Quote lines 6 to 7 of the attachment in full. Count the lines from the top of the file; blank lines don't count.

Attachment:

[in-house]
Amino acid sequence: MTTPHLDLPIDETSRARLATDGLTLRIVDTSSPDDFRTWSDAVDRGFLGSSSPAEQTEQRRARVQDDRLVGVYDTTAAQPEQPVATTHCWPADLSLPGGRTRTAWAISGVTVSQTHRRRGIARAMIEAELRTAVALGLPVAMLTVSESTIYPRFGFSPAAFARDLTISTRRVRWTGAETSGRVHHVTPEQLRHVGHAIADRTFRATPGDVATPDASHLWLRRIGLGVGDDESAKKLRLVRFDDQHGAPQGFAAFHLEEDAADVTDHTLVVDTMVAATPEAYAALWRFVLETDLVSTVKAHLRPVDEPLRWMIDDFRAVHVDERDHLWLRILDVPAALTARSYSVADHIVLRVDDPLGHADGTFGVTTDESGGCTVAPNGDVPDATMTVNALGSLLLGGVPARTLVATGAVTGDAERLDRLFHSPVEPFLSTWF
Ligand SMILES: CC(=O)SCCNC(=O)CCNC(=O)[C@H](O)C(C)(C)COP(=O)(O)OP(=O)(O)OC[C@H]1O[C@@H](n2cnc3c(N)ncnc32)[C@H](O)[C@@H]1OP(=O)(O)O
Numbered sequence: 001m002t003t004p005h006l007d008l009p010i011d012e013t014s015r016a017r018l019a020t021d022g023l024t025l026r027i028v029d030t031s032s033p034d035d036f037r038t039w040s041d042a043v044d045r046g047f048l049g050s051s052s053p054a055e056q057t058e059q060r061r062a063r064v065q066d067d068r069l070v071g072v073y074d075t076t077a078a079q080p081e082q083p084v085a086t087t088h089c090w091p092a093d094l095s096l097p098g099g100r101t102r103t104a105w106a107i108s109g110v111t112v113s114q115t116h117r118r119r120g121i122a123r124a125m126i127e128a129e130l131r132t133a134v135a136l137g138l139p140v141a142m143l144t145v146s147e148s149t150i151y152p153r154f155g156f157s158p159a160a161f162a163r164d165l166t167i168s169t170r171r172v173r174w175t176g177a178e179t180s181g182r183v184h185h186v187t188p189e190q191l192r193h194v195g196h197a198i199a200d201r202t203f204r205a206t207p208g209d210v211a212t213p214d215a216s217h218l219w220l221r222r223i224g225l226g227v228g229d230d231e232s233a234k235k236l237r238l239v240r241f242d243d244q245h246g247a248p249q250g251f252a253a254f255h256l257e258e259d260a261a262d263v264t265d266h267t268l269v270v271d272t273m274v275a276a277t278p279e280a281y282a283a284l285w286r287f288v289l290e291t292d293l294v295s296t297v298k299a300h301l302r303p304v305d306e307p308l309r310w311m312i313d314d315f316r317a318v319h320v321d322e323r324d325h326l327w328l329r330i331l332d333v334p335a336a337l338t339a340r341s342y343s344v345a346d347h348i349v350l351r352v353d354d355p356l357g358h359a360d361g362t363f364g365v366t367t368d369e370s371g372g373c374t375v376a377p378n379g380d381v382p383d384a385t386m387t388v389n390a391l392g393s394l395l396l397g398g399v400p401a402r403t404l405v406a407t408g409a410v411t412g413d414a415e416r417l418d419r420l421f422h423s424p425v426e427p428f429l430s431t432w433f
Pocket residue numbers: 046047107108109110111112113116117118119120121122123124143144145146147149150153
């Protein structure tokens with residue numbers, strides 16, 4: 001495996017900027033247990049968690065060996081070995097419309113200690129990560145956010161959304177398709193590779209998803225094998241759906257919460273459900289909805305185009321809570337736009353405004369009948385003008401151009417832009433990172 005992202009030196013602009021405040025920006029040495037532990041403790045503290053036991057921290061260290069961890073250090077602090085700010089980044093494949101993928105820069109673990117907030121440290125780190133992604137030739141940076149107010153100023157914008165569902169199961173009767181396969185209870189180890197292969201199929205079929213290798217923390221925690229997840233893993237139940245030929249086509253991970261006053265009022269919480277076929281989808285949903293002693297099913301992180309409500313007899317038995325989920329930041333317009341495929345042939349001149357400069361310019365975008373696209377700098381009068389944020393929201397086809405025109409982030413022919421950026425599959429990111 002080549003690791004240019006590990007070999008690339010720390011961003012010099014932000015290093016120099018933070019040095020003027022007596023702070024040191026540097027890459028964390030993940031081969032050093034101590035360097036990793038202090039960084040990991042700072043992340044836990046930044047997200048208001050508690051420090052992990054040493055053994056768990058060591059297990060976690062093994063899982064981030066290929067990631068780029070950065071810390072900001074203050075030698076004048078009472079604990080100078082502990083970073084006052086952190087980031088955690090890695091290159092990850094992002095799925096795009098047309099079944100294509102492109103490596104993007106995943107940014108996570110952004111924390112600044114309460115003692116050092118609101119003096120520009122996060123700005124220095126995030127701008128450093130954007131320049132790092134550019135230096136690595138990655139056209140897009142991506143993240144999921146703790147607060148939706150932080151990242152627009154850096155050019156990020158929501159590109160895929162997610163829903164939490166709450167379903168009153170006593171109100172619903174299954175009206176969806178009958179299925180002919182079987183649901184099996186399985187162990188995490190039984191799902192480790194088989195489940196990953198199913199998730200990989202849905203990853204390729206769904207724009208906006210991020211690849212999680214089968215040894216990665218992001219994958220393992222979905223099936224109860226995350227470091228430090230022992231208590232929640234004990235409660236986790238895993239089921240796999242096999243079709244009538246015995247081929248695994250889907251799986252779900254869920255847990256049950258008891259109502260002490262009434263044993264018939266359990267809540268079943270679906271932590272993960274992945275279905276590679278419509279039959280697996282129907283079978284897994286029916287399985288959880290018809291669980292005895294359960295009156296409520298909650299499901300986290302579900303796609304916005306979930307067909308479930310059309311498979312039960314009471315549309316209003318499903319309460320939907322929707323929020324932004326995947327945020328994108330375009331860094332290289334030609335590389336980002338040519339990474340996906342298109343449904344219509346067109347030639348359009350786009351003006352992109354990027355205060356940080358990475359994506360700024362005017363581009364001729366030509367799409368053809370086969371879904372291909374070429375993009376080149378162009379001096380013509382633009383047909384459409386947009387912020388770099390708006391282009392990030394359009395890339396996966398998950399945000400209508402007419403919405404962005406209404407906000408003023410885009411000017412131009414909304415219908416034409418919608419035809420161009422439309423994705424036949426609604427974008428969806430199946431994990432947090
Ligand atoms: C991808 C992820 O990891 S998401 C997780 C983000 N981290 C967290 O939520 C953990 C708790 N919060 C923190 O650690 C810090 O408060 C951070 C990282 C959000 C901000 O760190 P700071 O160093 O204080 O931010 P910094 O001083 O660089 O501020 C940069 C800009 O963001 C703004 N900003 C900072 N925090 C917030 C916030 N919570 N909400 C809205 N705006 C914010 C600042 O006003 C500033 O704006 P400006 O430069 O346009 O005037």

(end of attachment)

């Protein structure tokens with residue numbers, strides 16, 4: 001495996017900027033247990049968690065060996081070995097419309113200690129990560145956010161959304177398709193590779209998803225094998241759906257919460273459900289909805305185009321809570337736009353405004369009948385003008401151009417832009433990172 005992202009030196013602009021405040025920006029040495037532990041403790045503290053036991057921290061260290069961890073250090077602090085700010089980044093494949101993928105820069109673990117907030121440290125780190133992604137030739141940076149107010153100023157914008165569902169199961173009767181396969185209870189180890197292969201199929205079929213290798217923390221925690229997840233893993237139940245030929249086509253991970261006053265009022269919480277076929281989808285949903293002693297099913301992180309409500313007899317038995325989920329930041333317009341495929345042939349001149357400069361310019365975008373696209377700098381009068389944020393929201397086809405025109409982030413022919421950026425599959429990111 002080549003690791004240019006590990007070999008690339010720390011961003012010099014932000015290093016120099018933070019040095020003027022007596023702070024040191026540097027890459028964390030993940031081969032050093034101590035360097036990793038202090039960084040990991042700072043992340044836990046930044047997200048208001050508690051420090052992990054040493055053994056768990058060591059297990060976690062093994063899982064981030066290929067990631068780029070950065071810390072900001074203050075030698076004048078009472079604990080100078082502990083970073084006052086952190087980031088955690090890695091290159092990850094992002095799925096795009098047309099079944100294509102492109103490596104993007106995943107940014108996570110952004111924390112600044114309460115003692116050092118609101119003096120520009122996060123700005124220095126995030127701008128450093130954007131320049132790092134550019135230096136690595138990655139056209140897009142991506143993240144999921146703790147607060148939706150932080151990242152627009154850096155050019156990020158929501159590109160895929162997610163829903164939490166709450167379903168009153170006593171109100172619903174299954175009206176969806178009958179299925180002919182079987183649901184099996186399985187162990188995490190039984191799902192480790194088989195489940196990953198199913199998730200990989202849905203990853204390729206769904207724009208906006210991020211690849212999680214089968215040894216990665218992001219994958220393992222979905223099936224109860226995350227470091228430090230022992231208590232929640234004990235409660236986790238895993239089921240796999242096999243079709244009538246015995247081929248695994250889907251799986252779900254869920255847990256049950258008891259109502260002490262009434263044993264018939266359990267809540268079943270679906271932590272993960274992945275279905276590679278419509279039959280697996282129907283079978284897994286029916287399985288959880290018809291669980292005895294359960295009156296409520298909650299499901300986290302579900303796609304916005306979930307067909308479930310059309311498979312039960314009471315549309316209003318499903319309460320939907322929707323929020324932004326995947327945020328994108330375009331860094332290289334030609335590389336980002338040519339990474340996906342298109343449904344219509346067109347030639348359009350786009351003006352992109354990027355205060356940080358990475359994506360700024362005017363581009364001729366030509367799409368053809370086969371879904372291909374070429375993009376080149378162009379001096380013509382633009383047909384459409386947009387912020388770099390708006391282009392990030394359009395890339396996966398998950399945000400209508402007419403919405404962005406209404407906000408003023410885009411000017412131009414909304415219908416034409418919608419035809420161009422439309423994705424036949426609604427974008428969806430199946431994990432947090
Ligand atoms: C991808 C992820 O990891 S998401 C997780 C983000 N981290 C967290 O939520 C953990 C708790 N919060 C923190 O650690 C810090 O408060 C951070 C990282 C959000 C901000 O760190 P700071 O160093 O204080 O931010 P910094 O001083 O660089 O501020 C940069 C800009 O963001 C703004 N900003 C900072 N925090 C917030 C916030 N919570 N909400 C809205 N705006 C914010 C600042 O006003 C500033 O704006 P400006 O430069 O346009 O005037």